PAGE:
Being big and heavy, the 3.7-liter engine had 4200 pounds to move, and accelerates smoothly off the line. As mentioned before, be prepared for the torque steer with a firm grip on the steering wheel. In normal driving, torque steer is invisible. Performing repeated high speed stops from 80+ mph, I wanted to see if brake fade would happen with the large braking load. The brakes did not fade and quickly and successfully slowed the MKS each time maintaining its directional path. The rear does lift a bit under extremely hard braking.
Responsive steering was found in this American car. Are those two mutually exclusive terms? In this case, they’re not. I won’t equate this to a BMW 3-series, but it’s very responsive and provides good feedback to the driver. On-center feel is excellent especially on the freeway where it tracked a straight line. I recommend that Ford offer a Sport suspension package (with firmer dampers/springs) to supplement the larger wheels. Such as package would complement the responsive steering providing a better driving experience at the upper limits of spirited driving.
It’s a good looking car albeit a little bulbous. As the car sat on the street in front of my house, I noticed a car with two men pass it and then back up and park. They got out, and started to admire the car like kids in a candy store. Pretty funny, but a testament to the car’s design. The interior has a nice mixture of chrome, wood paneling and leather, but some of the textured vinyl trim (like on the steering wheel cover) look cheap. Buttons on the steering wheel look like they were made with a straight edge; why can’t a bit of style be used on such small details? The fog lights and the under-the-bumper radiator opening look very shark-like: as if it’s going to devour anything that gets in its path. Overall, I like the smooth profile that terminates with a high trunk lip creating a car that’s not flashy but leans towards luxury.
The base price of this MKS was $37.7k, and with the Technology and nav packages, the sticker grew to $42.3k. A Volvo S60 2.5T with similar features (minus a killer sound system and down on hp) would cost $39k while a Lexus ES350 with very similar features would price out to $42k. Personally, I’d get the Lexus for about the same price as I prefer the styling and features of the ES. I met the guys one night, and piled three large guys in the back seat … one weighed 250#+ and another 300#+ creating a very tight squeeze for the remaining passenger. Luckily, I was only driving a few miles to our dinner destination. The front seat passenger is rewarded with lots of leg room and all the comforts the driver enjoys. EPA gas mileage ratings for the Lincoln are 17/24 mpg city/hwy, respectively, and I managed to average about 19mpg overall. Not bad for a car in this class, but the Lexus with similar horsepower has a rating of 19/27 which is significantly better.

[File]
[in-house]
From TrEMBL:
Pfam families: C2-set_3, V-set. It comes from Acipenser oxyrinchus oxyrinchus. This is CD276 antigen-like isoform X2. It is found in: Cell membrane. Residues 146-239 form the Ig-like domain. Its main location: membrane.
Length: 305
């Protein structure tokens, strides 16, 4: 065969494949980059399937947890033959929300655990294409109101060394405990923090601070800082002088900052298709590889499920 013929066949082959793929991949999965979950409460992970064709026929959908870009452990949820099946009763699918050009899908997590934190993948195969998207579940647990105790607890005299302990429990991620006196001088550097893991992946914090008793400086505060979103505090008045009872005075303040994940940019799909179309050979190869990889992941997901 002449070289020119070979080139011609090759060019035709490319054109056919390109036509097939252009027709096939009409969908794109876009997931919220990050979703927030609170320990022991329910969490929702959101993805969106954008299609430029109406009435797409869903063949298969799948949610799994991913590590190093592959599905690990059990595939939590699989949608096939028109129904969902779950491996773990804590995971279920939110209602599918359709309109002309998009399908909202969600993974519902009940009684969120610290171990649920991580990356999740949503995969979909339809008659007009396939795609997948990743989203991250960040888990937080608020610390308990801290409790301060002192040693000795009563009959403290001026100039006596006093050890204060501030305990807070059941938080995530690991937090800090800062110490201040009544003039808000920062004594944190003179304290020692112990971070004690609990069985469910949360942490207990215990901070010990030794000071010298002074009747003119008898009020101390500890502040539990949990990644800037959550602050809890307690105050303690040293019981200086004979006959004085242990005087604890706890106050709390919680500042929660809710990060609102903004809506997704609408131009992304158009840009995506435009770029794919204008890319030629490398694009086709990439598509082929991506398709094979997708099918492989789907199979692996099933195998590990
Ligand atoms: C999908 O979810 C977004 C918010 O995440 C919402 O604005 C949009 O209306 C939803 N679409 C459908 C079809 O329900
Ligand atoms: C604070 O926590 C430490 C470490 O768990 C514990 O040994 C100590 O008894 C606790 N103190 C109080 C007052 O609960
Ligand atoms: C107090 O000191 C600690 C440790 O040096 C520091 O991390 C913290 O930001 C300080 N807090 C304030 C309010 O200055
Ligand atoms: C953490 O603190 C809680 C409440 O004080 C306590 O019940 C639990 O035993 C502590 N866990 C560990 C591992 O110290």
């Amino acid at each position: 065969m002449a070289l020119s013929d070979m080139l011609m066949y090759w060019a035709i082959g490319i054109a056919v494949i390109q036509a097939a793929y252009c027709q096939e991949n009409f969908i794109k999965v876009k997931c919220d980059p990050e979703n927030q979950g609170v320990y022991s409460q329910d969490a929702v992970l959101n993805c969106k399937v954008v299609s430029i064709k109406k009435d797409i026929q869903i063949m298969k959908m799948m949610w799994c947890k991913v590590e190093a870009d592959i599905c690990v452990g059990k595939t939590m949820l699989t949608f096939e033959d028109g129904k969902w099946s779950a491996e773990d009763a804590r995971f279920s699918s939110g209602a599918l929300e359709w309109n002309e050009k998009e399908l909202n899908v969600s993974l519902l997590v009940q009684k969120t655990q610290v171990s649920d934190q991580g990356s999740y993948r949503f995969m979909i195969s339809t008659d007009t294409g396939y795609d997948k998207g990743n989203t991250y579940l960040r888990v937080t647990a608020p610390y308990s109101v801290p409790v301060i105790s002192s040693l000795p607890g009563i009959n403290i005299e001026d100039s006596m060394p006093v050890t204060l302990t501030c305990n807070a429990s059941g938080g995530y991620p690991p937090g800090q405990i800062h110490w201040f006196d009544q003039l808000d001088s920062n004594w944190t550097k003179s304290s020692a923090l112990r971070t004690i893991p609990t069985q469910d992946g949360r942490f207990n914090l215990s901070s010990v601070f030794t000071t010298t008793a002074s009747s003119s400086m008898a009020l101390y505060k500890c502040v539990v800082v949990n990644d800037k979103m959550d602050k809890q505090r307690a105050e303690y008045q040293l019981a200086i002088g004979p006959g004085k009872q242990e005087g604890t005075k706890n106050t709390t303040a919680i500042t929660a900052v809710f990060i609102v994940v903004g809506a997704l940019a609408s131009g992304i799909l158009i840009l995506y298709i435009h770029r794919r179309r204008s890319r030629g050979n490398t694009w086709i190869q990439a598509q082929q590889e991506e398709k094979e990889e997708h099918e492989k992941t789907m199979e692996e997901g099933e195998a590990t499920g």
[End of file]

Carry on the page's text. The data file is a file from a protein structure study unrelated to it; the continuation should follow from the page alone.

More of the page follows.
Ford still has a bit of work to do to perfect its premium mark, but the MKS is headed in the right direction. It has many of the features of other luxury brands with the added integration of Microsoft Sync. Ride quality and cockpit insulation is on par with the imports, but handling (like the quality issues) need to be refined. If Ford can do this, and somehow lower the cost of the MKS slightly, it becomes a compelling offer to the American public. I was amazed at the detail and clarity of the sound stage from the driver’s seat, and found the Lincoln to be easy to drive along vast stretches of highway. If you’re looking for a car to envelope and coddle you with a quiet interior and soft suspension, this is the vehicle for you.
|Official website for Lincoln luxury cars and SUVs – www.lincoln.com|
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